The Scientist

» activism and microbiology

Most Recent

image: <em>The Scientist</em> at the March for Science in Washington, DC: April 22, 2017

The Scientist at the March for Science in Washington, DC: April 22, 2017

By and | April 23, 2017

Thousands of scientists and science supporters marched from the Washington Monument to the US Capitol this weekend.

0 Comments

image: Science March Sights and Signs

Science March Sights and Signs

By , , , and | April 22, 2017

Thousands of people around the world gathered to show support for science today. Here’s a sampling of sights and signs from the Marches for Science in Berlin, Chicago, and Washington, DC.

1 Comment

image: TS Picks: April 20, 2017

TS Picks: April 20, 2017

By | April 20, 2017

March for Science edition

0 Comments

A mouse study reveals a causal link between changes in intestinal microbiota and increasing inflammation as the rodents age.

0 Comments

Mice exposed to low doses of penicillin in utero or as young pups exhibited long-term behavioral differences not seen in their non-exposed counterparts, according to a study.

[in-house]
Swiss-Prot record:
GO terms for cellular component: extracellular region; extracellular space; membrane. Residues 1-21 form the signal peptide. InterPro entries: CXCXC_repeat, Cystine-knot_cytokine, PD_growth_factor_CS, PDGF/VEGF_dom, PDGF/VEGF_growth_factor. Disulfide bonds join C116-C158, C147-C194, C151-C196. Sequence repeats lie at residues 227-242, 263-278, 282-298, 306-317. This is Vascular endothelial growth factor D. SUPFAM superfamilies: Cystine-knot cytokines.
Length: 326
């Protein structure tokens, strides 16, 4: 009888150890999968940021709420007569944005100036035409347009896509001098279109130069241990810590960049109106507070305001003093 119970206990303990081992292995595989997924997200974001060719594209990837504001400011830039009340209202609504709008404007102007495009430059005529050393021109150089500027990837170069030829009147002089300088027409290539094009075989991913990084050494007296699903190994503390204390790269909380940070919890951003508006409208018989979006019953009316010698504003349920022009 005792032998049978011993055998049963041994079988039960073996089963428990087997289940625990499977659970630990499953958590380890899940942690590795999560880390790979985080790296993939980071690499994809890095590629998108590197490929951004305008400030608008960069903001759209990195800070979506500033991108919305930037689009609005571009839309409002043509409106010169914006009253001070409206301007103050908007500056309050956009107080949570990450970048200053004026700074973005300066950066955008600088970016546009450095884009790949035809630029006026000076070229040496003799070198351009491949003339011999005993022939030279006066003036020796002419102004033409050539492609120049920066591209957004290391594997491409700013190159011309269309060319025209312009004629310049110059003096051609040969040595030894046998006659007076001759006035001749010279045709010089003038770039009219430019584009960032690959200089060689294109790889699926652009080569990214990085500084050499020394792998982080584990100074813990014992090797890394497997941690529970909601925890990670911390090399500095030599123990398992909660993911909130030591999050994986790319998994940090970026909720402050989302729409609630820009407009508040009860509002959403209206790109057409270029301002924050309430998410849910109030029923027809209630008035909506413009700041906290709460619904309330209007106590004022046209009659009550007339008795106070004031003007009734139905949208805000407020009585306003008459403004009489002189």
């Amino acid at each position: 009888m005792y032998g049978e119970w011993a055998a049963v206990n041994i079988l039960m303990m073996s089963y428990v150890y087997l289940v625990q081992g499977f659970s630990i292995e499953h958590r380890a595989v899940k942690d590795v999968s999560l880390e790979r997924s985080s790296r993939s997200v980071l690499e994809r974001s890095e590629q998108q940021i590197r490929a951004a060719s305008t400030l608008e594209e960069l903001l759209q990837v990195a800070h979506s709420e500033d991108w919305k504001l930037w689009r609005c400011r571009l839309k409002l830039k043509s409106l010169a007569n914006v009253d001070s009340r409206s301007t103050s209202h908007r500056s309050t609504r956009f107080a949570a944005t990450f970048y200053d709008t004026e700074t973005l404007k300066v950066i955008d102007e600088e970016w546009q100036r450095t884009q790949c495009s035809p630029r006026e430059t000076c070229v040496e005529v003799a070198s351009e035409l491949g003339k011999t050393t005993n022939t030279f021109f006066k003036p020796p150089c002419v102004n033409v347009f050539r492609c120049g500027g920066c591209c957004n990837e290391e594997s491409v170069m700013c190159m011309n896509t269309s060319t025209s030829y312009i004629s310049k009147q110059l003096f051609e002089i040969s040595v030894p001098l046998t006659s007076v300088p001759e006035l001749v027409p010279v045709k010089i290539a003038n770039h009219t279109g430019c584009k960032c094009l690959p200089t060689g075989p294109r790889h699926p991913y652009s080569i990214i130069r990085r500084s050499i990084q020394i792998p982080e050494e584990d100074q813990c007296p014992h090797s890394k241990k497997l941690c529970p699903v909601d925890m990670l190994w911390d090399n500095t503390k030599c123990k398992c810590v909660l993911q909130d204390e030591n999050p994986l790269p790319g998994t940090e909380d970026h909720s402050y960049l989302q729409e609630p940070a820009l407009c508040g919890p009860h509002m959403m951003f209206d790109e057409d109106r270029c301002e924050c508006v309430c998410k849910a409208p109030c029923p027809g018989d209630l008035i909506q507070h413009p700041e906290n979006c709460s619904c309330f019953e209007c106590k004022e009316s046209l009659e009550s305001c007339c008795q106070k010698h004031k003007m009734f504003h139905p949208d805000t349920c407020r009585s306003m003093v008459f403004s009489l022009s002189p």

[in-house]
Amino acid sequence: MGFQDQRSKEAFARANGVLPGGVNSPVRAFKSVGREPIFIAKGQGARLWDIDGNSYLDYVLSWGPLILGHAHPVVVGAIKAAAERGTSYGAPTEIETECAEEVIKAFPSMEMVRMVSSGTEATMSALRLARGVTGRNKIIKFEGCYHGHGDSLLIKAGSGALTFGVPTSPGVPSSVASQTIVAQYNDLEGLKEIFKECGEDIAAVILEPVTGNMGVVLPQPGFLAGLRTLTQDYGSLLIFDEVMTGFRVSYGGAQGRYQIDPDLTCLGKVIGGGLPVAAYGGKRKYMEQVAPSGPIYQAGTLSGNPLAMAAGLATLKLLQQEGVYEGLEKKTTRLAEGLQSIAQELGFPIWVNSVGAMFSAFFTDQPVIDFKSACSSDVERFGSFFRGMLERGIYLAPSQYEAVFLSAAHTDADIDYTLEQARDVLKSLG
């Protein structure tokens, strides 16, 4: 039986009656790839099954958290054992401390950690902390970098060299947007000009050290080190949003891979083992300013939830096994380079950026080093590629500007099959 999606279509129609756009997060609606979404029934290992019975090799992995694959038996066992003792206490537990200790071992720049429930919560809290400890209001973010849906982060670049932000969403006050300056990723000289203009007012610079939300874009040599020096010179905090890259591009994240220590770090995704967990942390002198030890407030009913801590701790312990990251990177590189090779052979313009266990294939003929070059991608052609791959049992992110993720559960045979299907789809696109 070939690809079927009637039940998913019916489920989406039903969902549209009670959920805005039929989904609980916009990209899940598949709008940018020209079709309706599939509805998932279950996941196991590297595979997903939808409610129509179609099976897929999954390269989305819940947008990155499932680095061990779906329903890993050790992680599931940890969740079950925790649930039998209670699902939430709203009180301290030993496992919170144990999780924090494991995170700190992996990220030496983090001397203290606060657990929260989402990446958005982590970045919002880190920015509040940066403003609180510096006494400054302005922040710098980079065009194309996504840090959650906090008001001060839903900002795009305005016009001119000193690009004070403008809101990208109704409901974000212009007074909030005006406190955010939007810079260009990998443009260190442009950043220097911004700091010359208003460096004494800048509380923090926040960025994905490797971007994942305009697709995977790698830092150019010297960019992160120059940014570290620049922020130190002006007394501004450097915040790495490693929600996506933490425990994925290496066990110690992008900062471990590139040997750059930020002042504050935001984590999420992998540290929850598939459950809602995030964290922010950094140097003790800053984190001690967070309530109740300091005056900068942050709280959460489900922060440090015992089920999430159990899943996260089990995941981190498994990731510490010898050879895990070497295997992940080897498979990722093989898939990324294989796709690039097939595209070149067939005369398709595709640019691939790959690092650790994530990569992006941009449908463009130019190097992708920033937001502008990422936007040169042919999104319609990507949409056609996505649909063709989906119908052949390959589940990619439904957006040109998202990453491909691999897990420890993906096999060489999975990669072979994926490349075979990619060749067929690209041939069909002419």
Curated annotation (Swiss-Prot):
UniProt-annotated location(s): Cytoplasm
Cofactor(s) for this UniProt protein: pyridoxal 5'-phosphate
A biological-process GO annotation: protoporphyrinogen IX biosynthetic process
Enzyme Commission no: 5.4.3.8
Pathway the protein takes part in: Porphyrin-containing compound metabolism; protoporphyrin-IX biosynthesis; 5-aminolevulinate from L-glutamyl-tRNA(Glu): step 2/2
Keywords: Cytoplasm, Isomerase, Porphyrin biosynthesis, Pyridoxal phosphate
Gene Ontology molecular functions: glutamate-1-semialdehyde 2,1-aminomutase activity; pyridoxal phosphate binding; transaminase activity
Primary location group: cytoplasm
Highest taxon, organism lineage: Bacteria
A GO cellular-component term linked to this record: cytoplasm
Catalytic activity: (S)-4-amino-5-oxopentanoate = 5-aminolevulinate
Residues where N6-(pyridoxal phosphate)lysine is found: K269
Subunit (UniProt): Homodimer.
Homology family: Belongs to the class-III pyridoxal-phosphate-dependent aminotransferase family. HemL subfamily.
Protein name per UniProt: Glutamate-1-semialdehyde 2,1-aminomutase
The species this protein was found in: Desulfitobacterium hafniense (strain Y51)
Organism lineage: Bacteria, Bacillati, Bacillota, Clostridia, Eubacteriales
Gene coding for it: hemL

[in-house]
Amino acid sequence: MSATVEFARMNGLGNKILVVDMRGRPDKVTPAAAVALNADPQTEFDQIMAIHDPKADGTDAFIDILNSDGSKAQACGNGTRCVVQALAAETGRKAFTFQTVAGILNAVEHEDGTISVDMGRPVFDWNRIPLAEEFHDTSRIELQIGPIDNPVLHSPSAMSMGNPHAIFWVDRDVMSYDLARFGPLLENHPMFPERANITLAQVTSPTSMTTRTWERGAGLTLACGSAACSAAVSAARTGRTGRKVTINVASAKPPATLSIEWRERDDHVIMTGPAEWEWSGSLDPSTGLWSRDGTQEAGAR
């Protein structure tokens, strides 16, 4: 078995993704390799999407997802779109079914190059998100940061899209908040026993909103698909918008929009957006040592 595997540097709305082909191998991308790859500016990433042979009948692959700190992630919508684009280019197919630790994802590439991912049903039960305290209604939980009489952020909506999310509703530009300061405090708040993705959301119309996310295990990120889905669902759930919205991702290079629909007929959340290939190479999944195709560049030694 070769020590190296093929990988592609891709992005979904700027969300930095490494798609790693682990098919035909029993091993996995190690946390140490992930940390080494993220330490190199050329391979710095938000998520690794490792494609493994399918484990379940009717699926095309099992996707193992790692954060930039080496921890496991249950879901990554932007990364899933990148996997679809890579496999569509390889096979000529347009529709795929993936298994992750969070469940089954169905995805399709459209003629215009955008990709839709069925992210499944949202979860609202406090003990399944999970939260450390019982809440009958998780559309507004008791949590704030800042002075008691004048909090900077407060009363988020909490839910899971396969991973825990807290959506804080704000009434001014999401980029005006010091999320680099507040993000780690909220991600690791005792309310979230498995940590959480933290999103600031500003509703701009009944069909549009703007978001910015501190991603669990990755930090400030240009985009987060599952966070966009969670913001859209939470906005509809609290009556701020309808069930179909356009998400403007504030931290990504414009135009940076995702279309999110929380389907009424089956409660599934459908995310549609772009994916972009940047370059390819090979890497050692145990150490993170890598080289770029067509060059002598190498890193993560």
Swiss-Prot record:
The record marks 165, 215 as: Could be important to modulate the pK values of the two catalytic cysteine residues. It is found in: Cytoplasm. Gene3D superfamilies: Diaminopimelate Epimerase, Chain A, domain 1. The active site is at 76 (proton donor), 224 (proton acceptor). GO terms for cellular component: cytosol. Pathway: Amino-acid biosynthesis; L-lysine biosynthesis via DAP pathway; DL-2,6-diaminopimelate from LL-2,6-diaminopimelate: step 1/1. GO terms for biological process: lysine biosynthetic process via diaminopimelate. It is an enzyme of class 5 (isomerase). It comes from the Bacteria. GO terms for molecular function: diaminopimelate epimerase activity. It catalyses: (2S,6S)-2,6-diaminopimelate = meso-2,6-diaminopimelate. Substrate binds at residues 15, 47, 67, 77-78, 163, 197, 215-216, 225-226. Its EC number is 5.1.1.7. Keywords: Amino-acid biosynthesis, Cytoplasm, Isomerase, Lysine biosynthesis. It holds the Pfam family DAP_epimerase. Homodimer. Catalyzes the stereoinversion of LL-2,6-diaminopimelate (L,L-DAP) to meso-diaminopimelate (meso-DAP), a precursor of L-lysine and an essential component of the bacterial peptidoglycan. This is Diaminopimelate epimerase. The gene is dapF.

0 Comments

Recolonizing middle-aged animals with bacteria from younger ones kept killifish alive longer than usual, researchers report.

0 Comments

image: In Certain Social Bees, Gut Microbiomes Follow Phylogeny

In Certain Social Bees, Gut Microbiomes Follow Phylogeny

By | March 29, 2017

Corbiculate bees and their gut-dwelling microbes have been coevolving since the social species evolved from their solitary ancestors around 80 million years ago, scientists suggest. 

1 Comment

image: Q&A: Marching for Science in Memphis

Q&A: Marching for Science in Memphis

By | March 22, 2017

A conversation with activist and undergraduate student Sydney Bryant

1 Comment

image: Opinion: After We March

Opinion: After We March

By | March 16, 2017

How to become—and stay—involved in science policy 

4 Comments

image: Inflammation Drives Gut Bacteria Evolution

Inflammation Drives Gut Bacteria Evolution

By | March 16, 2017

Viruses within Salmonella rapidly spread genes throughout the bacterial population during a gut infection, scientists show.

2 Comments

Popular Now

  1. Opinion: Why I Published in a Predatory Journal
    News & Opinion Opinion: Why I Published in a Predatory Journal

    My “colleagues” and I at the fictitious Arthur Vandelay Urological Research Institute were surprised to find our bogus “uromycitisis” case report swiftly accepted, with only minor revisions requested.

  2. Consilience, Episode 3: Cancer, Obscured
  3. March for Science: Dispatches from Washington, DC
  4. Record-Setting Corn Grows 45 Feet Tall
AAAS